National Hockey League general managers will meet in Toronto Tuesday following the Hockey Hall Of Fame induction ceremonies and the future of fighting is once again in the crosshairs.
It almost always takes a tipping point for the NHL to consider any major rule change, and the tipping point on fighting may have been reached the week before last when Philadelphia Flyers’ goaltender Ray Emery chased down his Washington Capitals’ counterpart Braden Holtby to engage him in a fight. It is a matchup that would never be sanctioned in an actual boxing venue because Emery knows what he’s doing, Holtby doesn’t – and the size discrepancy and the differences in their respective weight classes wouldn’t permit it to occur anyway.
What happened was closer to assault than the boys-will-be-boys dismissiveness that permits the pro-fighting crowd to explain away the incident in a la-di-da way. No supplementary discipline was contemplated because, according to NHL commissioner Gary Bettman, there was no particular rule that was contravened. Bettman then volleyed the discussion over to NHL GMs, who essentially are the gatekeepers for rule changes, and dropped it in their laps. GMs have been divided into hawks and doves for a while on this topic, and the fact that some – such as the Tampa Bay Lightning’s Steve Yzerman – have spoken out about the blemish that fighting inflicts on the game makes you think something could get done.
But will it be a minor patch – closing the loophole on goalies leaving the crease to join a fight, for example – or will they actually ponder the next logical move, which is to consider game misconducts for any player that fights under any circumstance?
Knowing the slow pace of change on this particular issue – and the fact that even if the league wants to move on it quickly, they will receive stiff resistance from the NHL players association, which has a lot of important voices defending fighting – makes you hold out little hope that much of any consequence will be resolved this time around.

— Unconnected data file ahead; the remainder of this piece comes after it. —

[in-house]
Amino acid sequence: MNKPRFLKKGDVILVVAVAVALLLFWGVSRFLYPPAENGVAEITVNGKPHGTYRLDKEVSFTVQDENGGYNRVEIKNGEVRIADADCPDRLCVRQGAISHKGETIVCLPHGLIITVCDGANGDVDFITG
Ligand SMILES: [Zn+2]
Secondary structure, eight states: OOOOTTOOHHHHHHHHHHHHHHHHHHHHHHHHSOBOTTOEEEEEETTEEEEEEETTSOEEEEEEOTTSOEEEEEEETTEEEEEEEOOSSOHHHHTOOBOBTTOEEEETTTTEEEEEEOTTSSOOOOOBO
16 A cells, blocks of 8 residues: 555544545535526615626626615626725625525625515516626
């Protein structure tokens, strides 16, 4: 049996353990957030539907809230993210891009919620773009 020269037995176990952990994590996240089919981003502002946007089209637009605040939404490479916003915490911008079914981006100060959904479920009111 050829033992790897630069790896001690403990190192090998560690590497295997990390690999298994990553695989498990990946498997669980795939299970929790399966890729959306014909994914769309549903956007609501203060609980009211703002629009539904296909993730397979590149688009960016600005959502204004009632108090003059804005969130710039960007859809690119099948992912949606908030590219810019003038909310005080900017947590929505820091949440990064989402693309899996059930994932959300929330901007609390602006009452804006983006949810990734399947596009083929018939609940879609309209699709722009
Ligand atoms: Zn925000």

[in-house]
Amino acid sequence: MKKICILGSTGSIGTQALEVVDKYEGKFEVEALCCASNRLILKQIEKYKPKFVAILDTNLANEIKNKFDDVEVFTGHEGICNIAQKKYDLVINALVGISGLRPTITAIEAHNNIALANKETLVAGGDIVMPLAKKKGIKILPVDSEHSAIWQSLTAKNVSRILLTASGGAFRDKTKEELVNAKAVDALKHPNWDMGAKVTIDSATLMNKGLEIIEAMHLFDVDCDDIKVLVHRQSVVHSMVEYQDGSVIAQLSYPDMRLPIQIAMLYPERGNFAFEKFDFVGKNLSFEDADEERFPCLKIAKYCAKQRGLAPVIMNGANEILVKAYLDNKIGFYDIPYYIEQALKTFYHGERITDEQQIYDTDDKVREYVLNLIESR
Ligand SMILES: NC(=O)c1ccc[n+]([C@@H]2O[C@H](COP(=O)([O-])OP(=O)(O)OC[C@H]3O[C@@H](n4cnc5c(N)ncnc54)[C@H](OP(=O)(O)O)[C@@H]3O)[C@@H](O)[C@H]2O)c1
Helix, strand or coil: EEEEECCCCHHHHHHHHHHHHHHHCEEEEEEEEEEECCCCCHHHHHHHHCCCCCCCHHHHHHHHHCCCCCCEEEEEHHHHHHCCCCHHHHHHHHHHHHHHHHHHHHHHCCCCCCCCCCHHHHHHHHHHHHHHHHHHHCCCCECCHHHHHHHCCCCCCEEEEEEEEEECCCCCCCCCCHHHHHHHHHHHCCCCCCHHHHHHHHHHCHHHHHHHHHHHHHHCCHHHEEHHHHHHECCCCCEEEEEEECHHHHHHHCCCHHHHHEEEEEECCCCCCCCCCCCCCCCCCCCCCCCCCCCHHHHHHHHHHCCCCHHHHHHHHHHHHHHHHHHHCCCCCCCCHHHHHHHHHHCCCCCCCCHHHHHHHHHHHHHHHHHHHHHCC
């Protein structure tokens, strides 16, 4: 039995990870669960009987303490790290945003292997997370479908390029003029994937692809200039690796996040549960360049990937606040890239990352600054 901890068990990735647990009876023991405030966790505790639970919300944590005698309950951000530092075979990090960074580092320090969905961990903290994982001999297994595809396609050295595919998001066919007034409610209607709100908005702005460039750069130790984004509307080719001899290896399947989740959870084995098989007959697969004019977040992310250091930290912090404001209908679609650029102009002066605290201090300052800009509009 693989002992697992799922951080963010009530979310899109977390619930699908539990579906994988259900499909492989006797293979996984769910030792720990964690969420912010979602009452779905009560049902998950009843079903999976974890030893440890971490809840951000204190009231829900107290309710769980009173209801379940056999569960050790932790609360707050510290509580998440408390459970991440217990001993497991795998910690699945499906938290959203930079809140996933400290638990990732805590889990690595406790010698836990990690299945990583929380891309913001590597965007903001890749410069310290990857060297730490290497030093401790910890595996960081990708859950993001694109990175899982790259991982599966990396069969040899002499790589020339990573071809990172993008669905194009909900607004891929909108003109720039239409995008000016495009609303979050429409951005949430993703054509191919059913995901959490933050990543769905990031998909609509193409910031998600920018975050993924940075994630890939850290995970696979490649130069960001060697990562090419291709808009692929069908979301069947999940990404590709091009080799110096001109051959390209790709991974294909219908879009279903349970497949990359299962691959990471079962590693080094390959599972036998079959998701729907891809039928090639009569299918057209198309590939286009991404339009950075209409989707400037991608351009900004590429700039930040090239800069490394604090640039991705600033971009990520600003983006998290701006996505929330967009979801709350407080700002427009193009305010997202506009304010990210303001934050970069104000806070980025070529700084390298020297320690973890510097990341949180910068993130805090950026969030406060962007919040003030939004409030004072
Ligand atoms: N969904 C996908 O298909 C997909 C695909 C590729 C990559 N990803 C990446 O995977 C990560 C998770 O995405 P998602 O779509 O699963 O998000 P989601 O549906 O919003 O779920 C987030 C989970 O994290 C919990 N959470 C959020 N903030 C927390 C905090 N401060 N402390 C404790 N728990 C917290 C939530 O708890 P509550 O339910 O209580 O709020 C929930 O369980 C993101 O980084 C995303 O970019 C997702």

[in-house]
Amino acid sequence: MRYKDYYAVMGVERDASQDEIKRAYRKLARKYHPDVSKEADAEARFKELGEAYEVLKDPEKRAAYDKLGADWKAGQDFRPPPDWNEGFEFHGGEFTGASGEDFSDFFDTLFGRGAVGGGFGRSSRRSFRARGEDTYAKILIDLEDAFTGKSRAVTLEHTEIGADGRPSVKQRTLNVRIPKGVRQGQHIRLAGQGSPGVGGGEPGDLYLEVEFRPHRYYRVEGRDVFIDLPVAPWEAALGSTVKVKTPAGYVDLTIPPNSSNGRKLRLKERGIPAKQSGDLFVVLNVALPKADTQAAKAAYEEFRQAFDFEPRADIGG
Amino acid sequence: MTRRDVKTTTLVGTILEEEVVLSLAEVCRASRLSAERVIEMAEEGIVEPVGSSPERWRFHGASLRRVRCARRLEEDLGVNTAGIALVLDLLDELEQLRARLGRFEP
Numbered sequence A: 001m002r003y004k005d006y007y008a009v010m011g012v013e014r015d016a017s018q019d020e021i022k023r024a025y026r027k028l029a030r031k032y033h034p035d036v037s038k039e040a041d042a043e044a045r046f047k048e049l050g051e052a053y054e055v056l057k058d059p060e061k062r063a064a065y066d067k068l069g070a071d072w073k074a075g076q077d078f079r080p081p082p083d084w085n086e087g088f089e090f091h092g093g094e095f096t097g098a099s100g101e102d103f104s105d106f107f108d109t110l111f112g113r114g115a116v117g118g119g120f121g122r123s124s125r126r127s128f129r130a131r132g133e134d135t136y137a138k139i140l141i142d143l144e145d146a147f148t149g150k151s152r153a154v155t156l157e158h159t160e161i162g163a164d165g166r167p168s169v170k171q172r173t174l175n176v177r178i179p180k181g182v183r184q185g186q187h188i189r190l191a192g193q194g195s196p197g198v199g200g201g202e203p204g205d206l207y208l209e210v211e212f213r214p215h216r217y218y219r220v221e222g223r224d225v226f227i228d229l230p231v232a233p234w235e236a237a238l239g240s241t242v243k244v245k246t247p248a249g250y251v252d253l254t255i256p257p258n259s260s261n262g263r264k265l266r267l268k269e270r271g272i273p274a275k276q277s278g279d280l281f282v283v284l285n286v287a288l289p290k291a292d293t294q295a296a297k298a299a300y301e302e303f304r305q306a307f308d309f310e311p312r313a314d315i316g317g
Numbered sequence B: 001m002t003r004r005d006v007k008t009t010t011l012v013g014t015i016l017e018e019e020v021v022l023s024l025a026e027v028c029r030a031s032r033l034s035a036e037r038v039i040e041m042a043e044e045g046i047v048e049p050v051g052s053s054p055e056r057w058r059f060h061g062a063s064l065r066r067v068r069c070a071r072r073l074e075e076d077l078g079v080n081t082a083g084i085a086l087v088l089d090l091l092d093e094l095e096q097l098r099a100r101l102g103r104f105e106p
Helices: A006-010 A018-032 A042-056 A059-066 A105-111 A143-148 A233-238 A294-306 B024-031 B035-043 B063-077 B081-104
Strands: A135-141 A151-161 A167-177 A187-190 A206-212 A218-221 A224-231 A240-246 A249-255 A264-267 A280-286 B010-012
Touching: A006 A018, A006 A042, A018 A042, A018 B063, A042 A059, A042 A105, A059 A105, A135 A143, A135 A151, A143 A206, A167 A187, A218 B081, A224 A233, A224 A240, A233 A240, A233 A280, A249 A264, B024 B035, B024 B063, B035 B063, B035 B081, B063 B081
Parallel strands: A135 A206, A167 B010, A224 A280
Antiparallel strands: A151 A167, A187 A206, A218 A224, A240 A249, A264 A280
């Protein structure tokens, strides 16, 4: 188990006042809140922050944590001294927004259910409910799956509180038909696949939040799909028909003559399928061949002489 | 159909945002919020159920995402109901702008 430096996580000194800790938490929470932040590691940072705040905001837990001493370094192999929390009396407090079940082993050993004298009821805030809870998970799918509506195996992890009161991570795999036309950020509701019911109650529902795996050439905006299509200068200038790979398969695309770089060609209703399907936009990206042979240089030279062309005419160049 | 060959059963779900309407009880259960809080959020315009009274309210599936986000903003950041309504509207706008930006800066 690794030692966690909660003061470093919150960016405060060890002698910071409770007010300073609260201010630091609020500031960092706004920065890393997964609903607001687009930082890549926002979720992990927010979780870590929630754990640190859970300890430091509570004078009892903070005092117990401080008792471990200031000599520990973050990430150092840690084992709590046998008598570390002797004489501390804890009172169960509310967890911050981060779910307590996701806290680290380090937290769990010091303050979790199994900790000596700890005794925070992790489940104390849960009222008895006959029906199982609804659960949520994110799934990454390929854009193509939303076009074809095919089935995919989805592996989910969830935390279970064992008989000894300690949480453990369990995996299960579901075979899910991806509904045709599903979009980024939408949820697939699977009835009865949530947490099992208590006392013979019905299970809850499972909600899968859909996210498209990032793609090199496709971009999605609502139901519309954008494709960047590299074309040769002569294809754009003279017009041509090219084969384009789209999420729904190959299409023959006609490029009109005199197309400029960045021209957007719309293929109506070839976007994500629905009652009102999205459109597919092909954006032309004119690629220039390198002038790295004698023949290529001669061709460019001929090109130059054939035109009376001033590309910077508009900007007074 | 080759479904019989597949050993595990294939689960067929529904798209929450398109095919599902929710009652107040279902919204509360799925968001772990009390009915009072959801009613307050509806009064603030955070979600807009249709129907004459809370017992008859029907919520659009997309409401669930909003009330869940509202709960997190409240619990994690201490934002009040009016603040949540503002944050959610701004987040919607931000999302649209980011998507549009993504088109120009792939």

THE OLYMPIC ROSTER(S): There are a handful of very good veteran players around the NHL that generally start slow and get going as the season progresses who are off to unusually fast starts – Ryan Getzlaf and Corey Perry in Anaheim, Mike Richards and, until he was injured, Jeff Carter in Los Angeles – and it is hard not to see it as a function of Sochi, which will host the 2014 Olympics in February.
The presence of Sochi on the schedule – and the knowledge that in Canada and the United States, the competition for places on the roster will be fierce – has got a lot of players focusing far harder in the early part of the season than they might otherwise.
It doesn’t explain away Claude Giroux’s slow start with the Philadelphia Flyers, or the damage that long-term injuries will do to Rick Nash (New York Rangers) or James Neal (Pittsburgh Penguins) and their chances of cracking the final roster, but even if all three miss the cut, Canada will still have a wealth of quality players at their disposal.
Canada invited 47 players to an orientation camp back in August, and 45 showed up including all three Staal brothers, Eric, Jordan and Marc. For whatever reason, none is having the start they wanted. It seemed like a long shot that all three would make it, but unless Eric Staal picks up his game after a not-so-great first month, it could be that none of them crack the starting lineup.
The management groups for both the Canadian and U.S. teams will stay over in Toronto for an extra day following the GMs meetings to review what’s happened in the first five weeks of the season and to pare down their long lists as much as they can.